Immigration New Zealand this week announced a trial in Queenstown to make it less likely that that they will lock up au pairs travelling with their families.
You read that correctly.
Last December Immigration New Zealand had 18-year-old French au pair Manon Pache locked in a police cell overnight before deporting her back to Australia. The poor woman was understandably terrified.
Officials were concerned that she might babysit for her host family, who were visiting from Australia. That was despite Dr Pip and Paul Johnston telling Immigration that their au pair was on holiday with them, that the purpose for their holiday was for them to spend time with their children, and that they had given Pache the choice of a week off in Australia or the week in New Zealand.
Immigration regarded their gift of travel and accommodation for Pache as payment and considered there was a risk she could mind their children while in New Zealand, i.e. undertake paid work.
Quite what the crime would be if she had is a mystery to me. That she would be doing a poor Kiwi out of work? Of course she wouldn't. It's shocking enough she was denied entry. It's appalling she was locked up for the night.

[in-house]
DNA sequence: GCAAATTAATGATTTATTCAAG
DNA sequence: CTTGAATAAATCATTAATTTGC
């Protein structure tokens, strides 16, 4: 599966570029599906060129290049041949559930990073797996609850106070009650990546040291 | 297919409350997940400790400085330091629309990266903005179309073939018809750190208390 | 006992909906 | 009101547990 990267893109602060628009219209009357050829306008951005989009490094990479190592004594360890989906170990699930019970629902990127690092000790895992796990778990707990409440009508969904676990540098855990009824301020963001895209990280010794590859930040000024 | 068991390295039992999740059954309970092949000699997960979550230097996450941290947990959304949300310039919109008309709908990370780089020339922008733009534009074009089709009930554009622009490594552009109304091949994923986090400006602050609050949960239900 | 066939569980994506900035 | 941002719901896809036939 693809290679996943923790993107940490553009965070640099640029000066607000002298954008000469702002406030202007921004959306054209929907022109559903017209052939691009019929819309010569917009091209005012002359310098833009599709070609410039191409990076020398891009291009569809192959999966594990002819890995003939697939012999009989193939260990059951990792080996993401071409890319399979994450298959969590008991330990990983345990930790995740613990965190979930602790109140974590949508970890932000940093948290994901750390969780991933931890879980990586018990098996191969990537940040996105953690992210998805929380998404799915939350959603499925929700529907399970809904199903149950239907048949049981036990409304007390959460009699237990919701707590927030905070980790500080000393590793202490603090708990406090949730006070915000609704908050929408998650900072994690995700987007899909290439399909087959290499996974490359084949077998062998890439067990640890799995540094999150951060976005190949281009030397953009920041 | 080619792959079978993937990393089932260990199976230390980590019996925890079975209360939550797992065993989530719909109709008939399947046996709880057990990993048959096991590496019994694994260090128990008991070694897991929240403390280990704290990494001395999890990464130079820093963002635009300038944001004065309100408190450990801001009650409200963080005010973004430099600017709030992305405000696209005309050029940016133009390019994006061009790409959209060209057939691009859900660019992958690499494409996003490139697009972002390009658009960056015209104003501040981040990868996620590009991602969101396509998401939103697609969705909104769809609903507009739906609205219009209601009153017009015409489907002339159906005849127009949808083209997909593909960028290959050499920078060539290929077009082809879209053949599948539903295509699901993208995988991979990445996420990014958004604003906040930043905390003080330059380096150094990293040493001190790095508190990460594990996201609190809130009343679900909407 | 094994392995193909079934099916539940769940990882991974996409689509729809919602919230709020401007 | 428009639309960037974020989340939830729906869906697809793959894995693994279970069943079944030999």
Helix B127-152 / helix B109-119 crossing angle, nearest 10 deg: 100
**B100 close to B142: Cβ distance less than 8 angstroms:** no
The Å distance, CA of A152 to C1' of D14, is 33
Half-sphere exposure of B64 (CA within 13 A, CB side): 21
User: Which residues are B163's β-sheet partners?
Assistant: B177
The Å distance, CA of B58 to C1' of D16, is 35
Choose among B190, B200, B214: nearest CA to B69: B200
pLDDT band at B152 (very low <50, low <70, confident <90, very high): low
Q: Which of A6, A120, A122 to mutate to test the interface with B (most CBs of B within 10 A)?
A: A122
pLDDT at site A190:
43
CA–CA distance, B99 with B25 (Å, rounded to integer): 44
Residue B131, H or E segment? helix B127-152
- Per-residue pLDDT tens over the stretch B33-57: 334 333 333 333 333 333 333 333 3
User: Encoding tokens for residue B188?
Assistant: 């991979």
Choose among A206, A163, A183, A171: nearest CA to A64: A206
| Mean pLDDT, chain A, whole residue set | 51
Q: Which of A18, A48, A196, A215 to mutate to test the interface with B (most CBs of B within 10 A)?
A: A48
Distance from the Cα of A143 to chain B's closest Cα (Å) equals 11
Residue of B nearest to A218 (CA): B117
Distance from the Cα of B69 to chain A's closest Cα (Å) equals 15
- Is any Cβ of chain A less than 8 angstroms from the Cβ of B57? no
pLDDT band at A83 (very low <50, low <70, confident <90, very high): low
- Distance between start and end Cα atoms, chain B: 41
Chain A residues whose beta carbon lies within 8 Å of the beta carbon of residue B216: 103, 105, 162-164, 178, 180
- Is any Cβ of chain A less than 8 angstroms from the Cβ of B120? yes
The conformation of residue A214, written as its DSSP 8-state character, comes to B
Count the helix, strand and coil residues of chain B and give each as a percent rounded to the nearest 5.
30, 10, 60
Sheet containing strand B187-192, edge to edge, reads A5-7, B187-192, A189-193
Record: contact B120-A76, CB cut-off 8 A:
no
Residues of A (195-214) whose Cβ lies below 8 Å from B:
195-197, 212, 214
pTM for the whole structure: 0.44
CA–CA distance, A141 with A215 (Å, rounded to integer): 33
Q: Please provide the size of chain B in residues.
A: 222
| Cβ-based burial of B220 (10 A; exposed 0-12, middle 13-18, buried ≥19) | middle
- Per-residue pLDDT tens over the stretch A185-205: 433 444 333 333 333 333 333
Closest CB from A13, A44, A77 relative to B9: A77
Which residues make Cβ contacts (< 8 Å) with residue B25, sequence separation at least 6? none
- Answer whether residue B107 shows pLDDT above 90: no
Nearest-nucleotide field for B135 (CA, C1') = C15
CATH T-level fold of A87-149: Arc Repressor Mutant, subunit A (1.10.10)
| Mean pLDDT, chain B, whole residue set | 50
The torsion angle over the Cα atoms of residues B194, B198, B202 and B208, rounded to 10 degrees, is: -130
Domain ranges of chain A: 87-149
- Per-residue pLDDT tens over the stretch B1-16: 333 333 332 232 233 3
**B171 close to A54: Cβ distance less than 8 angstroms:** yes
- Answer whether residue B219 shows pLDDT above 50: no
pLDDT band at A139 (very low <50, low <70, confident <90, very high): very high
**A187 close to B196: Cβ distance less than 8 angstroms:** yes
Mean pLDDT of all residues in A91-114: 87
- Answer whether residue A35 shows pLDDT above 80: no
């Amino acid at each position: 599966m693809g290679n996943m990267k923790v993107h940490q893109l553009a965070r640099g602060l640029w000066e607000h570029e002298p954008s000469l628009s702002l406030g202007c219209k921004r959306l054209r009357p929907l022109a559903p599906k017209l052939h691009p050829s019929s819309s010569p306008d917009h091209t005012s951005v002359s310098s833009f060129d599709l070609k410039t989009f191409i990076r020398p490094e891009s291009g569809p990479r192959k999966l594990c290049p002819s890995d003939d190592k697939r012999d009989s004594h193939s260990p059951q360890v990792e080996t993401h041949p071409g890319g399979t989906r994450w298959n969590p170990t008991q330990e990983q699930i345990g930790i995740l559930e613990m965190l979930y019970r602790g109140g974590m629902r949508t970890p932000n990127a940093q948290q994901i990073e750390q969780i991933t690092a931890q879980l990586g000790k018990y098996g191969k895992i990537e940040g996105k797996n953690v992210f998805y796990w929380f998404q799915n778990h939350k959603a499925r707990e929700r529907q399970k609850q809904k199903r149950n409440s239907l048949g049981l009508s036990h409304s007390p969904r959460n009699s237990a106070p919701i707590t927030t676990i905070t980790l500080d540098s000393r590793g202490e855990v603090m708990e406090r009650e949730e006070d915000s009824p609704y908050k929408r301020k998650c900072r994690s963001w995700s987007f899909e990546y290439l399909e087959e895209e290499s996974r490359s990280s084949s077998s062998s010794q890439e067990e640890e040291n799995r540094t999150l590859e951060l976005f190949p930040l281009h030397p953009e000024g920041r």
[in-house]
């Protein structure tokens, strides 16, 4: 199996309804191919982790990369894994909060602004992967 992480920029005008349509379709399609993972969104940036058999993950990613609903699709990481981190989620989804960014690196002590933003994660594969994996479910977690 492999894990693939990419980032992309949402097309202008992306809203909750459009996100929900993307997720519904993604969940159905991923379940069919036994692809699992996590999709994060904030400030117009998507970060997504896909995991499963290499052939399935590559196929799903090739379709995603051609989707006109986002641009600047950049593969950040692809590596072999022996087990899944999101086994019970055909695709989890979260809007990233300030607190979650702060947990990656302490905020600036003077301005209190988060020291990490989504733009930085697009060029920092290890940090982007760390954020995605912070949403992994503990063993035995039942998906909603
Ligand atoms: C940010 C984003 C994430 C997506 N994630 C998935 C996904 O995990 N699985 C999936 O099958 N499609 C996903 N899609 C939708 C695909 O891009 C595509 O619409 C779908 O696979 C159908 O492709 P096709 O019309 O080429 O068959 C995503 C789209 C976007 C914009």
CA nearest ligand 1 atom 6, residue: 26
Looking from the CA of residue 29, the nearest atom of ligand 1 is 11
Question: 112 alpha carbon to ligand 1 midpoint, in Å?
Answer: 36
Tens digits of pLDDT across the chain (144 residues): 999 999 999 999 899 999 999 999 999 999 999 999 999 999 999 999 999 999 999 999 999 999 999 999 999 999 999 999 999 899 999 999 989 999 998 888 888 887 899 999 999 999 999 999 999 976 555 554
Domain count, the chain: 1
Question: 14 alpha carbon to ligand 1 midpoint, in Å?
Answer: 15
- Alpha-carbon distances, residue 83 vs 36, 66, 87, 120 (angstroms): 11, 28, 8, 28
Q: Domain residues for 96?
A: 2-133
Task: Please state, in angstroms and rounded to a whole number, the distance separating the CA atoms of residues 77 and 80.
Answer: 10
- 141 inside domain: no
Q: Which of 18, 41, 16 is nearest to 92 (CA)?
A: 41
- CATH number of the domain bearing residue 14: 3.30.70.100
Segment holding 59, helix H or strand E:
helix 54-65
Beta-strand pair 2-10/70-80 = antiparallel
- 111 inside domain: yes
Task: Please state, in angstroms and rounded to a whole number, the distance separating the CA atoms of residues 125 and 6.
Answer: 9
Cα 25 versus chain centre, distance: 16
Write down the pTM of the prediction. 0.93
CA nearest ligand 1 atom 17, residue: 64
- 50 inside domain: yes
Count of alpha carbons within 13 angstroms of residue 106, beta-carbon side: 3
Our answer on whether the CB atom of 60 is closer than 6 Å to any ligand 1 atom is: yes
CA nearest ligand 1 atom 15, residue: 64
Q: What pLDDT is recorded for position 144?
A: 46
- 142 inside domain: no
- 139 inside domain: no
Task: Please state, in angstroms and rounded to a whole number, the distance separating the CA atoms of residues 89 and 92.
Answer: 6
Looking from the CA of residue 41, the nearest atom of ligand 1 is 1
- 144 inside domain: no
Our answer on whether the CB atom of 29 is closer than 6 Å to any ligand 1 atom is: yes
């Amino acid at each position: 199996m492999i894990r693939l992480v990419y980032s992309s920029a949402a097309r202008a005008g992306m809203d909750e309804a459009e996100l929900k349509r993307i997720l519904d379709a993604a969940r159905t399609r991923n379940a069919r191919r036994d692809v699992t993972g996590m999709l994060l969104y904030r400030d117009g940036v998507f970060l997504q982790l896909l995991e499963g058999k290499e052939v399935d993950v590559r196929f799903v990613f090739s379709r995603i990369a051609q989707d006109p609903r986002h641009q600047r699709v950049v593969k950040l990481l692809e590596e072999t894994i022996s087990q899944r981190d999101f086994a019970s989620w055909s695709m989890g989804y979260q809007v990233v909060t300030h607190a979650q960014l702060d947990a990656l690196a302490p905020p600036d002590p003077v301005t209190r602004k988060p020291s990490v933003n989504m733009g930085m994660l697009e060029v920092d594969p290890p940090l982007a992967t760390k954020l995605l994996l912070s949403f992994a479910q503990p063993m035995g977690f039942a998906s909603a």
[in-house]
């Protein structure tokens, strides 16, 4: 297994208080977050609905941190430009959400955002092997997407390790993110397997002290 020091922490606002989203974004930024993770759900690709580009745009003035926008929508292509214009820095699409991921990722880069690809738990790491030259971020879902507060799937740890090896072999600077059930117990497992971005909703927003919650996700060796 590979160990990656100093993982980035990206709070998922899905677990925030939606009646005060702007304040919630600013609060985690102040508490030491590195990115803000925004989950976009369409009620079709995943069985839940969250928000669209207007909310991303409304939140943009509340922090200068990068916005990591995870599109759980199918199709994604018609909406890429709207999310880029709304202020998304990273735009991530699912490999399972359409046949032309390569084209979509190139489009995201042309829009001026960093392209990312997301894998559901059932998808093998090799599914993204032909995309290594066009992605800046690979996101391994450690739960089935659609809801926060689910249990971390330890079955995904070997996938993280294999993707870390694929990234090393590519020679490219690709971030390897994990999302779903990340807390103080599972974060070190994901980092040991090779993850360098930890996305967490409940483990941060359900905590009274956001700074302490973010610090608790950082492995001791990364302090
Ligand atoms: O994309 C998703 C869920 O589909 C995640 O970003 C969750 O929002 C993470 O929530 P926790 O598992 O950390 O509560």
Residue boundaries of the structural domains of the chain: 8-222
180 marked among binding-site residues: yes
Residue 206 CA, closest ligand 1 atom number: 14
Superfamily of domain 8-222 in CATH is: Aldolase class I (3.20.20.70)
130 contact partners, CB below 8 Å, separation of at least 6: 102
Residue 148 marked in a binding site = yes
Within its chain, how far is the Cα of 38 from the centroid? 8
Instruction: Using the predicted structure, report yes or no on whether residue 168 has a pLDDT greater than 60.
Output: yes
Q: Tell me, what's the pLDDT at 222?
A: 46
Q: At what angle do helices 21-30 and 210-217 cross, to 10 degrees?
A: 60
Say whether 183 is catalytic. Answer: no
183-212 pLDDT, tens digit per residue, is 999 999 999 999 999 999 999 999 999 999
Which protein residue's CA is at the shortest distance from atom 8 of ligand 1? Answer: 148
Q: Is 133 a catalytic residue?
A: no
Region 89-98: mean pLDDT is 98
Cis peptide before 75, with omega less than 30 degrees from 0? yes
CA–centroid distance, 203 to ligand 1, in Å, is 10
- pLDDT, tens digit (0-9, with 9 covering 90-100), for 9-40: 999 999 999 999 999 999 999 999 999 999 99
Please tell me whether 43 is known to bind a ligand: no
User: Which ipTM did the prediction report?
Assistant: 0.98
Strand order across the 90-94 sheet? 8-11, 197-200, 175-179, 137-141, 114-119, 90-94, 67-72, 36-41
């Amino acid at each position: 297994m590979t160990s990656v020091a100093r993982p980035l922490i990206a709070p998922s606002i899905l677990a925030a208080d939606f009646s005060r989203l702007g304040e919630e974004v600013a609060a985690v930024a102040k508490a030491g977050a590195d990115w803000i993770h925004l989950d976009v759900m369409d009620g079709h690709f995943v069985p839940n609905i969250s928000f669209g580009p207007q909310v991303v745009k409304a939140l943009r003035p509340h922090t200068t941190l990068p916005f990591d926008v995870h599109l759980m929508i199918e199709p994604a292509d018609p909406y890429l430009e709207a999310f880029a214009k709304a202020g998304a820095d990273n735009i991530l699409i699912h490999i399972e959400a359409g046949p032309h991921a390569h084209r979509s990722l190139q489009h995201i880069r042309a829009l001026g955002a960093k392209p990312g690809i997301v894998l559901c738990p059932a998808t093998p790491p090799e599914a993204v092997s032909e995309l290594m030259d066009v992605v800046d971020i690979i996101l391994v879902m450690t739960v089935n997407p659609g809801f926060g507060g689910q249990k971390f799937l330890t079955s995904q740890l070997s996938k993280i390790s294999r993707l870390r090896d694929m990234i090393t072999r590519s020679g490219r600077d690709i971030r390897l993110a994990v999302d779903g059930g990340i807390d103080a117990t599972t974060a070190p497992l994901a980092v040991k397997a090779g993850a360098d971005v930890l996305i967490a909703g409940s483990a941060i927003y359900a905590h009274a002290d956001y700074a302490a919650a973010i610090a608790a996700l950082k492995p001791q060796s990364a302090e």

But even worse is that the numbskulls in charge of the policy, the practice, and the exercise of their discretion, spent eight months to produce only a trial - just for Queenstown - that will, they hope, lessen the risk that another au pair will spend a night inside.
That's your tax dollars hard at work.
Prime Minister and Tourism Minister John Key has described Immigration as "heavy handed" in locking the poor woman up.
But Immigration appears not much guided by the Prime Minister. Or common sense. I am sure there are plenty of wealthy tourists coming into New Zealand with chefs, nannies, security personnel, yachting crew, personal assistants, and so on.
I imagine that, even with the trial, our police cells will soon be bulging. The rules are the rules.